Product tanker markets may soon see the true effect of the European Union’s ban on Russian oil.

This is because the final tanker shipment of Russian diesel could already have taken place ahead of the 5 February cut-off date.

European oil traders said delivery and payment have to be completed before then, according to S&P Global Commodity Insights.

That only leaves a little over two weeks for tankers to load, transport and discharge, and for money to change hands.

This is before the added complications of payment involving Russian entities as a result of earlier financial sanctions is even taken into consideration.

“As a result, we may soon see the true impact of the ban,” said Clarksons Securities analysts led by Frode Morkedal.

Europe has continued to source more than a quarter of its diesel imports from Russia, according to tanker-tracking data.

Russian exports both delivered and en route to the EU, Norway and the UK averaged 448,000 barrels per day (bpd) in the first 18 days of January, down from 663,000 bpd in December.

Pre-war levels were 670,000 bpd in early 2022, according to data from S&P Global Commodities at Sea.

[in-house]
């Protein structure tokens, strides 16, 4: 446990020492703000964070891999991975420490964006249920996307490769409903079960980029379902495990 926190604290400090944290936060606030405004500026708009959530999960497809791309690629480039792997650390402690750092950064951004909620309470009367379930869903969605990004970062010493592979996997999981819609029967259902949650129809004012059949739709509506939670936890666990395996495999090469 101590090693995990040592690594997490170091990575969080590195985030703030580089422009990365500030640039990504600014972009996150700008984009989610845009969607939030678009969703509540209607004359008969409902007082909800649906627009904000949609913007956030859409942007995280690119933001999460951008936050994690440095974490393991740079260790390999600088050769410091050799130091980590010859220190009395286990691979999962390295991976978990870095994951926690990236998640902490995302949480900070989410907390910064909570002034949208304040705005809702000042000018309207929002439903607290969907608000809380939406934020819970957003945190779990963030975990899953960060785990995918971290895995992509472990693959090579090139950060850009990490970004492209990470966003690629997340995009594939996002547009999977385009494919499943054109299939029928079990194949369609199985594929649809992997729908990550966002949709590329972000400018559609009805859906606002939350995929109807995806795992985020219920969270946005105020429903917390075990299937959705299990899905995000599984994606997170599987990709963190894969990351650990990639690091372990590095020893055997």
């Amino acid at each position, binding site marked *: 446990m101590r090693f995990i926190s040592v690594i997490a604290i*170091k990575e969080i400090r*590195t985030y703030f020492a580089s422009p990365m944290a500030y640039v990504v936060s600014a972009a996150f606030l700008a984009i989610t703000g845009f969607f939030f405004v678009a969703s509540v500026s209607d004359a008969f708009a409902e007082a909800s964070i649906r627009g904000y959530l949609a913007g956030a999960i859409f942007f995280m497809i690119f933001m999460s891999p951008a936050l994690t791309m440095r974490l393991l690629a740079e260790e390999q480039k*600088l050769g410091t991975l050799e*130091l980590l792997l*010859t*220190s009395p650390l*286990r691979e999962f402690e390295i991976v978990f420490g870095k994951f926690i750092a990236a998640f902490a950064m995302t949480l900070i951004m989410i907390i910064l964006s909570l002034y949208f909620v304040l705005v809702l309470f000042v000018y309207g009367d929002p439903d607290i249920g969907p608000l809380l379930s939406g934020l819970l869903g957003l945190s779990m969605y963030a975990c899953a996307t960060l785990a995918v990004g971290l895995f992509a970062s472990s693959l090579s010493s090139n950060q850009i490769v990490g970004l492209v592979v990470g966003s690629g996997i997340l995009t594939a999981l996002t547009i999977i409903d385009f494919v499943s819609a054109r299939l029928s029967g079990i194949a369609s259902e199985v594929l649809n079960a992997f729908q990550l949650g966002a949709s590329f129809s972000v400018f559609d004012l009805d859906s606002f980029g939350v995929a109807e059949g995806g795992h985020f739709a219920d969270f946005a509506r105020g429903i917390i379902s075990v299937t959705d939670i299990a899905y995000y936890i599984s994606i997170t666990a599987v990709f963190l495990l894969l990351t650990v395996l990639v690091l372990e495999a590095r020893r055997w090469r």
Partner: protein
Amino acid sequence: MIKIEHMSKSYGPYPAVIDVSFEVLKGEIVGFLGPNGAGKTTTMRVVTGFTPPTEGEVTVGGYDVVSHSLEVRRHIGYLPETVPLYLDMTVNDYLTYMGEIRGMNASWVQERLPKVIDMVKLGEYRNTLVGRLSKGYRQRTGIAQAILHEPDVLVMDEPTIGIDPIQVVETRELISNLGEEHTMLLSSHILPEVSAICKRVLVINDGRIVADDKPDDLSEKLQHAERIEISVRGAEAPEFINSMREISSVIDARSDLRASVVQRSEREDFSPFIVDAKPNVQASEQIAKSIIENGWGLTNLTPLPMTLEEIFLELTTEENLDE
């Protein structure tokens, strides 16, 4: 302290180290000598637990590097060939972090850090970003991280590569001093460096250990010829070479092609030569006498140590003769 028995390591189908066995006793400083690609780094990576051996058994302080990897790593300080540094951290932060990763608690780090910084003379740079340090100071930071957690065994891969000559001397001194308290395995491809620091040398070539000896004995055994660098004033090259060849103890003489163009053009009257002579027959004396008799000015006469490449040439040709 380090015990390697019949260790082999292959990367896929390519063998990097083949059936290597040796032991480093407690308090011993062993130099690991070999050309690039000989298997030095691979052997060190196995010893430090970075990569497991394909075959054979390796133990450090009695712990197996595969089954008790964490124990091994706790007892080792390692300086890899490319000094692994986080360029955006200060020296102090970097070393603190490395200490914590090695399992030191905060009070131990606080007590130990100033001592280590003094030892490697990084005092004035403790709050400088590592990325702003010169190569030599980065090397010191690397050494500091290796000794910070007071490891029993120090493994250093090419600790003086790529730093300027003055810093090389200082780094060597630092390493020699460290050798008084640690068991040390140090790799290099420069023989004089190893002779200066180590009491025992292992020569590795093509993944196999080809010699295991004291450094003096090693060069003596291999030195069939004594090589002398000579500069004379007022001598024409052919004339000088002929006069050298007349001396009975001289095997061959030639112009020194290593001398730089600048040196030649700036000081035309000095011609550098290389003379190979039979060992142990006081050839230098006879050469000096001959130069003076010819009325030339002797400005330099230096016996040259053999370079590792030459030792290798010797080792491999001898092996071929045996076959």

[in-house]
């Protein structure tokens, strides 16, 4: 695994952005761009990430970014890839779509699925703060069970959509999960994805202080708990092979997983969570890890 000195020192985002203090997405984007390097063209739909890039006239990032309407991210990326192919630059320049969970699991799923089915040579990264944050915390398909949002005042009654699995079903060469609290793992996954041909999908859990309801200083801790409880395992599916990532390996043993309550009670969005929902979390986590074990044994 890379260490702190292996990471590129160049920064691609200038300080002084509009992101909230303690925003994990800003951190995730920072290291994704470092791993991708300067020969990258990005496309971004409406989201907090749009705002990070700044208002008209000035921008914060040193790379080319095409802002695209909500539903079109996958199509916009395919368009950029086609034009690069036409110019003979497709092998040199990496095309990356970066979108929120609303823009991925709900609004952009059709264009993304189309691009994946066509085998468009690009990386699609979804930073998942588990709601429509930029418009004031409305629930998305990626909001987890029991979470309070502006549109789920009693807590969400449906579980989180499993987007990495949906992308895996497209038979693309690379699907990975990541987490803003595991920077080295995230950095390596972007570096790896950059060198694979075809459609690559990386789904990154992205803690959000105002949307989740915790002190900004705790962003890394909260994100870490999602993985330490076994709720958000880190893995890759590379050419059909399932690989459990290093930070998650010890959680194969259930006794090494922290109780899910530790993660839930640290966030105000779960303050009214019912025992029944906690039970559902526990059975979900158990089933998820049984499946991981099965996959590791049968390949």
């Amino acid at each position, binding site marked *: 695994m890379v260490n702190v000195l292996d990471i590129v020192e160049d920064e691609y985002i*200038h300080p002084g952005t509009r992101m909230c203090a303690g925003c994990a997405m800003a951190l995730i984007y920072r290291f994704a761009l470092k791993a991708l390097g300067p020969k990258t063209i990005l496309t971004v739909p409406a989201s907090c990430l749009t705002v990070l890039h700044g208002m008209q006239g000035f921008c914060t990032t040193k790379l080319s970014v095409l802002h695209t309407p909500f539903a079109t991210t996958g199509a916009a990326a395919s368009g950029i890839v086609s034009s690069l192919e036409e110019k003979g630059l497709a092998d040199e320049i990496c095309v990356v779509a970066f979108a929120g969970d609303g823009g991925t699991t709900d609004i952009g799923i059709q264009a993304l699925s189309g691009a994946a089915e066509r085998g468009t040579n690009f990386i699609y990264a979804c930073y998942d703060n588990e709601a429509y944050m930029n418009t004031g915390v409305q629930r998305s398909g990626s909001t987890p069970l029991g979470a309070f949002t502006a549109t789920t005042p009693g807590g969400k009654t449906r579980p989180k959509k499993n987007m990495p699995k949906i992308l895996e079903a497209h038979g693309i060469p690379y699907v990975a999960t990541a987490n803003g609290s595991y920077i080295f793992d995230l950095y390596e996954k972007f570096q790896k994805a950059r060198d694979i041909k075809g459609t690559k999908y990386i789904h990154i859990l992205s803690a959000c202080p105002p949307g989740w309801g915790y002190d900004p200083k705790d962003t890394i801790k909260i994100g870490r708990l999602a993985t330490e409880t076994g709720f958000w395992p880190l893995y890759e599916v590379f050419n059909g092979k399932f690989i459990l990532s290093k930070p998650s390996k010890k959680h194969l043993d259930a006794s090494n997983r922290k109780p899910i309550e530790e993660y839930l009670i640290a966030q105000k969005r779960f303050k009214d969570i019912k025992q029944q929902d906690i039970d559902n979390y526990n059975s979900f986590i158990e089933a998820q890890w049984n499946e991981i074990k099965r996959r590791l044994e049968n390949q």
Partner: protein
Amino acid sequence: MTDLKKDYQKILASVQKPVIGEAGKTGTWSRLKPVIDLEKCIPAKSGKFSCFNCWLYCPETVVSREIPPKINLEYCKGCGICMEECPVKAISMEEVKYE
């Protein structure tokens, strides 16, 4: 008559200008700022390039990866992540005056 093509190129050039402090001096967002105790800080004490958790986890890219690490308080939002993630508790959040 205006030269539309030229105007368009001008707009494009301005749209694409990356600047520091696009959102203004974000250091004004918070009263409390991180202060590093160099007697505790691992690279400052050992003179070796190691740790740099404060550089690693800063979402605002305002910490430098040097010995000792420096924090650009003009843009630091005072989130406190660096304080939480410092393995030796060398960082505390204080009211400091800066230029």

As a result, Russian diesel made up 27% of Europe’s total 1.69m bpd of imports in the period.


The fall has come despite Russian diesel being up to $130 per tonne below non-Russian-origin diesel delivered into the Amsterdam, Rotterdam, Antwerp refining hub, according to traders.

Meanwhile, rates for product tankers have continued to decline, with LR2 eco earnings falling to $38,100 per day, down 28.7% from last week, according to Clarksons Securities.

MR eco levels have dropped to $27,600 per day, down 8.2% in seven days.

“The winter storm that hit the US last month is still affecting cargo volumes in the US Gulf, putting pressure on ex-USG rates,” Morkedal and his team said.

According to Energy Information Agency data, refinery utilisation in the US increased 1.2% week-on-week to 85.3%, but remains below the 90% seen prior to the storm.

Since Russia's invasion of Ukraine, US refiners have become the biggest source of alternative diesel into Europe, shipping a record 237,000 bpd to the region so far in January, up from 34,000 bpd at the start of 2022.

Saudi Arabia and the United Arab Emirates are also plugging the gap.

EU energy chief Kadri Simson said on 15 January: "We believe that we gave sufficient time for our markets to react and find alternative supplies."

“We have mapped all of those alternative supplies. We believe that we are prepared, and on top of that, we do have strategic oil reserves [which] gives us additional confidence,” she added.